and vitrines is different from the inlaid Trump Tower seal on
the slight ramp of the wide Fifth Avenue entrance. The inconsistency
of the logo styles is not as puzzling as why immodest Trump chose
not to employ them more often, such as in the skylight over the
Lobby floor seal
The ramp in the lobby is
an excellent alternative to steps and enhances the notion of descending
entrance and ascending exit. The office elevators are located
in this lobby, but the residential condominium apartments have
their own, separate, more sedate entrance on 56th Street.
Front entrance from inside 2013
The concept of an inner-city,
vertical shopping mall has had rough going since the initial success
of WaterTower Place in Chicago. This is one of the world's finest
and most expensive retail locations and since it was built many other
landlords have opted for larger, two-level retail spaces.
Public restrooms are in
short supply in midtown and where they have been included, often
mandated by zoning laws, they are often secluded to discourage
use. At Trump Tower they are tucked away on the lower level of the atrium
down the south corridor, but they are worth the trip for the angled
marble entrance is one of the best designs in this project.
Entrance to public restrooms on lower level
The project's glitz is muted
by its impressive monumentality. Fifth Avenue's legendary limestone
detailing had long before been blunted/bashed/interrupted by Olympic
Tower several blocks to the south and the high-rise quality of
Trump Tower is perhaps the best in
the plans of Alfred Taubman and Edwin Minskoff to erect a tall
tower at 712 Fifth Avenue across from his tower, presumably because
it might interfere with some midtown views in many apartments.
The other tower got built anyway and is one of the city's best
and Trump Tower has hardly suffered as most of its apartments
have stunning vistas, and prices. Trump maintains his office here
as well as occupying the penthouse opulently designed by Angelo
In 1985, Gwathmey Siegel & Associates designed an
apartment in the tower for Steven Spielberg, the film director.
In 1998, the Fifth Avenue
facade above the entrance was altered to accommodate a two-story-high
sign for "Avon". The sign has gray letters against a
cream background and is behind clear, not bronze glass windows.
The Avon name actually became more prominent than the Trump name in bronze
just above the entrance. Was Donald asleep in his quite rococco,
palatial lair in the tower, or on vacation?
The Avon sign detracted
from the building's ambiance and architectural design. It was
not unelegant, just strange. After all, what is Avon compared
to Trump, at least in New York?
In September, 2000, Mr.
Trump took out some full-page advertisements announcing that he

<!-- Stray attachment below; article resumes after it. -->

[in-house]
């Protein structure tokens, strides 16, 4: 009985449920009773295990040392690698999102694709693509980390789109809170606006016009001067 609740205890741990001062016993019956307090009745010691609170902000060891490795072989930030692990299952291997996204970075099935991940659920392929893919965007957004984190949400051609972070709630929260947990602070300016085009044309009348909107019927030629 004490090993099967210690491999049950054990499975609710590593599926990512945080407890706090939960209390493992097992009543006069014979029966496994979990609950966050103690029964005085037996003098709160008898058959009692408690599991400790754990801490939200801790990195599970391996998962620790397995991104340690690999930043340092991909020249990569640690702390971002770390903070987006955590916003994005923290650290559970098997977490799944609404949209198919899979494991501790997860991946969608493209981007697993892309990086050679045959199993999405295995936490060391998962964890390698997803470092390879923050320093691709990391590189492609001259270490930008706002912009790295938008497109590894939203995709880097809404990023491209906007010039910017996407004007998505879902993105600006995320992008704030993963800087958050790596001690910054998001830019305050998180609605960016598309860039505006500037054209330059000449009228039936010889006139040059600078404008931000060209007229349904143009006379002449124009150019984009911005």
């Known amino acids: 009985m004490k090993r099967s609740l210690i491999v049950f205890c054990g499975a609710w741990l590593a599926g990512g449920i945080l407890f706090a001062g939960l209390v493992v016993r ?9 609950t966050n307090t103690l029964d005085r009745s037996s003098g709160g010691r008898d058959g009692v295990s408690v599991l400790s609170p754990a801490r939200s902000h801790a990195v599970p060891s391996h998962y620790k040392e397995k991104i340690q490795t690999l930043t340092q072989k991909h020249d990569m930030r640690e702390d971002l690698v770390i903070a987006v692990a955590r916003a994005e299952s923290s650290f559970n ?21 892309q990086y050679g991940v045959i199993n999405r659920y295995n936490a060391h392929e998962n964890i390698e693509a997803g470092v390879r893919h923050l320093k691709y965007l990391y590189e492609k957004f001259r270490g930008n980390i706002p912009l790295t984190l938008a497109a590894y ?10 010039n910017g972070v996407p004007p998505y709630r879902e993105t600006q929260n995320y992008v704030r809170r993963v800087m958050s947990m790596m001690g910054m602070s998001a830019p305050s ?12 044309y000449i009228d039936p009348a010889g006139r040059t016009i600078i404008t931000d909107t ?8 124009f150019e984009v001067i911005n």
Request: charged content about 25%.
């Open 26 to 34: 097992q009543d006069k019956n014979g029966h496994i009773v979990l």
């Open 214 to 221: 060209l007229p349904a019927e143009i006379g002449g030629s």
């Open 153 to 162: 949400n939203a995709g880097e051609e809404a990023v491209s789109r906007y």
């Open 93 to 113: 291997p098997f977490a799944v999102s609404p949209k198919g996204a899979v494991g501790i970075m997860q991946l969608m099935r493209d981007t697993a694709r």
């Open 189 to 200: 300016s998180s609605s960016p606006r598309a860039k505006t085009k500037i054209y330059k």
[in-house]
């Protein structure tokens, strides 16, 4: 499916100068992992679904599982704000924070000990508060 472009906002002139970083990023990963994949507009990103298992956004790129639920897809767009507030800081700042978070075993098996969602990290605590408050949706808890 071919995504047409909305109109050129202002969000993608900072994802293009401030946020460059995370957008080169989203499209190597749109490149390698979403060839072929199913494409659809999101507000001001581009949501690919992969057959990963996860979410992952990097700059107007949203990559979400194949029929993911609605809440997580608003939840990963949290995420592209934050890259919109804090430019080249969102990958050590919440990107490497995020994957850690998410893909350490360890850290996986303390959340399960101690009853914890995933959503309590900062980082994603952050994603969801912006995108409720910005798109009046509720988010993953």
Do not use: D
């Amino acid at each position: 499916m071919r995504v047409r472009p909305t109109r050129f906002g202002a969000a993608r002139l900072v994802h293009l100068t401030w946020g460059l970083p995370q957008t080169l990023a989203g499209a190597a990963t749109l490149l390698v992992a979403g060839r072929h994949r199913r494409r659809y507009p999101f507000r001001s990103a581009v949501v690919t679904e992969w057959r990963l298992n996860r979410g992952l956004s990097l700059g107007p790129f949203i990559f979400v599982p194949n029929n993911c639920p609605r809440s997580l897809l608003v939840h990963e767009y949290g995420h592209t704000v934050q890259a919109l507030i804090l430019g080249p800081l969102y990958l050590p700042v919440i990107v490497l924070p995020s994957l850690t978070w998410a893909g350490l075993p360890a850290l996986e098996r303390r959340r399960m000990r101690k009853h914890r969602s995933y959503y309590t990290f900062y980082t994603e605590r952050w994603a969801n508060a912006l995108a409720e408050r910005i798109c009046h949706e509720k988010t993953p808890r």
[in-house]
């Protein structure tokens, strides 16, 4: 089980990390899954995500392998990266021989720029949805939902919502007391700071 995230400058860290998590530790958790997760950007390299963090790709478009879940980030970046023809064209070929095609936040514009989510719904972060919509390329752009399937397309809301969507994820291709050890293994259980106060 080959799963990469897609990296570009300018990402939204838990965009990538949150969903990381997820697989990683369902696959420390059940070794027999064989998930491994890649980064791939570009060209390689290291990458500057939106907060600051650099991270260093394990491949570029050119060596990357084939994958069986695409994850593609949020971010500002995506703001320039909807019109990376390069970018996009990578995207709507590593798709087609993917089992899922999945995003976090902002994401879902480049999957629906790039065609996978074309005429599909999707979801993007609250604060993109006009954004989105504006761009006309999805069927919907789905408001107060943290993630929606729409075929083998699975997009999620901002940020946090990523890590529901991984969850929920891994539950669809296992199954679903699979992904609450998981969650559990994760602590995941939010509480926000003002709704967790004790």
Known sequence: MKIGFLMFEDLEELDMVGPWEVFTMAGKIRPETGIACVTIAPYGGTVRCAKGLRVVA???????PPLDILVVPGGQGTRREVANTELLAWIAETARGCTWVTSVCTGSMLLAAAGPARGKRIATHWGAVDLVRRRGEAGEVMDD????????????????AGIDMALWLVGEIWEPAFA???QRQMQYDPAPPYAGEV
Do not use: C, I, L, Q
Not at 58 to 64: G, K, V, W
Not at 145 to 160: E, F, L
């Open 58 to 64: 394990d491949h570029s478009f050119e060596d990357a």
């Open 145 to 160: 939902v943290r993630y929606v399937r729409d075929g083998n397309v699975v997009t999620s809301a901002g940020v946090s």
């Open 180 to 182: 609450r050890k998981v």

would be happy to emblazon the name of a retailer in a large brassy
sign just beneath the first setback of Trump Tower at the corner
of Fifth Avenue and 56th Street. Was one to interpret this as
a a new age of Trump modesty in which he lets others have almost
equal billing? Was this a sign that Time Squaritis and billboarding
is spreading and contagious and that all buildings will be emblazoning
with billboards of one type or another? Was Trump running short
Whatever the answer, both
the Avon sign and any new "sign," brass or not, was not
in keeping with the building's quite fine design and Donald should have
left well enough alone. This is not a question of context, but
taste and it is all the more strange because Trump is doing it
In early 2004, Asprey reopened
its corner store in the tower with a redesigned storefront, designed
by Sir Norman Foster. It was very elegant, very white and very
bright, in keeping with recent trends towards multi-floor retail
spaces along the avenue. It had little to do with the bronze Trump
Tower but was impressive enough not to despoil it.
Unfortunately, it did not
last long and in 2007 Asprey had located uptown on Madison Avenue
and its space was leased to Gucci, which replaced Foster's bright
window treatments with one that was ribbed and translucent in
Trump Tower, which has 12
floors of offices and 40 floors of apartments and a Floor-to-Area
(FAR) ratio of 21, is triumphant because of its location, its
views, its architecture, and its flair.
Swanke Hayden Connell was
the architectural firm and Der Scutt the lead designer.
An early design by Scutt
for the tower had three exterior glass elevators but it was rejected
because it required the sacrifice of too much saleable interior
space, Robert A. M. Stern, David Fishman and Jacob Tilove, observed
in their magnificent book, "New York 2000, Architecture and
Urbanism Between the Bicentennial and the Millennium," (The
Monacelli Press, 2006)
Equitable Life Assurance Society of The United States was the